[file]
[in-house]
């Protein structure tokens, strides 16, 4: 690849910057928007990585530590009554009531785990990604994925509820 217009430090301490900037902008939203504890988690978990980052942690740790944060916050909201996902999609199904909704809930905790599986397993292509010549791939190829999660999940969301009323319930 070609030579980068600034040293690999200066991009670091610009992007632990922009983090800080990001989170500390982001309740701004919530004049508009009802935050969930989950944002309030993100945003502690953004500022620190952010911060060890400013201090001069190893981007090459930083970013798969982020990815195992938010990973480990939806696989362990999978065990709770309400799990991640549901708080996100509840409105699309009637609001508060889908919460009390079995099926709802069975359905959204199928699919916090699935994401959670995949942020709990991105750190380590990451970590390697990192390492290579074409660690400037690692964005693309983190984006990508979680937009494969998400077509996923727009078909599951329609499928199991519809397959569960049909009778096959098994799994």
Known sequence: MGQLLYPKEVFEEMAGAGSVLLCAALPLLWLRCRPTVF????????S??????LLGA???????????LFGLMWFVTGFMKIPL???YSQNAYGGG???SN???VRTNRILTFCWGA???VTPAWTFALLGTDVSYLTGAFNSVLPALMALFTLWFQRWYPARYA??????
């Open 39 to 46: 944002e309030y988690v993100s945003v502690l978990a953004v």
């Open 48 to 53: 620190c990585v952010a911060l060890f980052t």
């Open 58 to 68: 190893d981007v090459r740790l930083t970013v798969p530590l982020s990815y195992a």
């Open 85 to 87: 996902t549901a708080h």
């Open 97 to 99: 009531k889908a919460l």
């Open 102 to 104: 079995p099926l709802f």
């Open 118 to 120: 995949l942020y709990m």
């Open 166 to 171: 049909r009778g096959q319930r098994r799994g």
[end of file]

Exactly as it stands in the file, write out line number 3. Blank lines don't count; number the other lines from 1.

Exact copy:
Known sequence: MGQLLYPKEVFEEMAGAGSVLLCAALPLLWLRCRPTVF????????S??????LLGA???????????LFGLMWFVTGFMKIPL???YSQNAYGGG???SN???VRTNRILTFCWGA???VTPAWTFALLGTDVSYLTGAFNSVLPALMALFTLWFQRWYPARYA??????